Is this a mini 19th century album of the Lincoln assassination conspirators?

Its dealer believes so.

Here’s one obsession I didn’t know I had until recently: antique miniature photo albums from the 1860s-1890s. There’s a certain allure to an object that contains so much history yet fits nicely in the palm of your hand.

A miniature photo album containing photos of Lincoln’s assassinators

And there are more of these curiosities in existence than you might think, largely thanks to the affordability of tintype portrait photography at the time. The popularity of the smallest tintype, called “gem” for its size, sparked a proliferation of photo albums that measured around 1/2 by 1 inch.

This particular album appears to feature some interesting characters: the conspirators behind the Lincoln assassination. Its Etsy dealer believes it was made by a company and marketed as a kind of “Lincoln assassination memento” not long after the event took place. Perhaps a southern company?

A tiny photograph of Mary Surratt, who was hanged for her role in the conspiracy

To the right is a picture of Mary Surratt, who owned a boarding house in Washington D.C. where the conspiracy was hatched. She paid the ultimate price for her crime, becoming the first woman to be executed by the federal government.

The album also contains a photo (probably) of John Wilkes Booth, the man who killed Lincoln. On the evening of April 14, 1865, Booth made his way into Lincoln’s box during a theater production and shot him in the head. He fled on horseback to Maryland, where he was eventually shot and killed by a Union soldier.

A tiny photograph of John Wilkes Booth, the man who shot Lincoln

Several other high-profile figures appear in the album, such as John Surratt, the husband of Mary Surratt. There’s also a photo that appears to be of George Atzerodt, whose original role was to murder Vice President Andrew Johnson, though he got cold feet at the last minute.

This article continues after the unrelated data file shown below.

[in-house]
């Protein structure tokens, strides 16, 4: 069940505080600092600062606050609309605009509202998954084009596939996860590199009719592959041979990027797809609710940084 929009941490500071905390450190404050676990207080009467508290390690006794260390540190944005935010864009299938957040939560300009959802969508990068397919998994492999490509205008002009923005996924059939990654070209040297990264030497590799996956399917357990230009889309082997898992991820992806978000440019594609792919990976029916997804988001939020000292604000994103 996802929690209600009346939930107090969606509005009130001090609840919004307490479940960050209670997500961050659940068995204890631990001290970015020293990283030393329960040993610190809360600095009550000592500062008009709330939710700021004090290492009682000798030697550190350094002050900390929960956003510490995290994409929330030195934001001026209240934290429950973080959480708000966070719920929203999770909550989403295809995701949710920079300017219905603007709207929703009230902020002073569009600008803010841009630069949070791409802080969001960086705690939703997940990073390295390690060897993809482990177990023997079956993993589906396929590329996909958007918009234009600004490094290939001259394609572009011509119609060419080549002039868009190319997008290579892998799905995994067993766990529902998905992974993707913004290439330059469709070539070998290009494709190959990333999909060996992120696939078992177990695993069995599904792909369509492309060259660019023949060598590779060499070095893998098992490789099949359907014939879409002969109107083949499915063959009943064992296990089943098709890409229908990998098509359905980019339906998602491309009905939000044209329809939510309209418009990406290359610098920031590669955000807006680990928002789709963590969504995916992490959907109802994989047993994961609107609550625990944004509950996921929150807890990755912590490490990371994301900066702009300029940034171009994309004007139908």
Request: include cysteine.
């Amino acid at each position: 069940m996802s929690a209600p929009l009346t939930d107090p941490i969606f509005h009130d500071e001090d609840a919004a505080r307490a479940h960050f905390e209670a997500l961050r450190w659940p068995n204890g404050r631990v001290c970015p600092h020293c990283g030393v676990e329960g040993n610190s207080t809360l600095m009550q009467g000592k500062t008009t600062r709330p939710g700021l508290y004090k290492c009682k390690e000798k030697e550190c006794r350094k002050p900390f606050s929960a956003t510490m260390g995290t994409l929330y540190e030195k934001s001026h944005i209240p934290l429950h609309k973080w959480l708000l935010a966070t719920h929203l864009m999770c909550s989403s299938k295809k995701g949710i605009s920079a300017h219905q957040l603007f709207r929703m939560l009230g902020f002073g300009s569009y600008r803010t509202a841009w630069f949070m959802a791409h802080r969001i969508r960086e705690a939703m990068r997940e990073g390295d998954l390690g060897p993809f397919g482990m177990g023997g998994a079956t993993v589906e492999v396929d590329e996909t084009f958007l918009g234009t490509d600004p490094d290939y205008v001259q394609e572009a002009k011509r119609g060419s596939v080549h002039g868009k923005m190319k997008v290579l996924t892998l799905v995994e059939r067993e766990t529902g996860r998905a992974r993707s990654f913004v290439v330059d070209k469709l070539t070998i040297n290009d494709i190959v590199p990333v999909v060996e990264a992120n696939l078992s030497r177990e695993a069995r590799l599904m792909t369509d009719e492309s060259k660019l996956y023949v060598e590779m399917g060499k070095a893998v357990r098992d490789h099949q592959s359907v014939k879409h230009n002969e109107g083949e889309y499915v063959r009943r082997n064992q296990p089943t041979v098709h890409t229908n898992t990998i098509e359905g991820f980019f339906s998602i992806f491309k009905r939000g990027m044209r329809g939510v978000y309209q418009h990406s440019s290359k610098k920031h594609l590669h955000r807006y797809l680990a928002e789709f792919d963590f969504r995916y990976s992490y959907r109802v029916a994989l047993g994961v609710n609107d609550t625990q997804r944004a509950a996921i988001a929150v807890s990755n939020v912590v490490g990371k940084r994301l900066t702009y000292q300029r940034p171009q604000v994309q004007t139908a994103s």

And finally, the album contains what looks to be a very tiny photograph of Robert E. Lee, who surrendered to US forces on April 9, 1865, five days before Lincoln’s assassination. John Wilkes Booth attended Lincoln’s speech on April 11 in which the President addressed Lee’s surrender and spoke of enfranchising former slaves. It was apparently this notion of black citizenship that infuriated Booth and served as the final straw for the assassination.

A tiny photo of Robert E. Lee

It’s a strange little object from a fascinating time in American history, and it’s on sale on Etsy if you’re so inclined. If you like the idea of mini antique photo albums, but prefer less weird subject matter, check out these cool non-assassination-related mini albums:

  • photo album of a 1960s family from New York
  • An album and photos of a family in Boston (I think their address is even written on it)
  • An album that’s rather damaged but contains well-preserved photos

And also, any of these gem tintype photos, by themselves, would look great in dollhouse picture frames. I’m thinking of buying some for my own collection.


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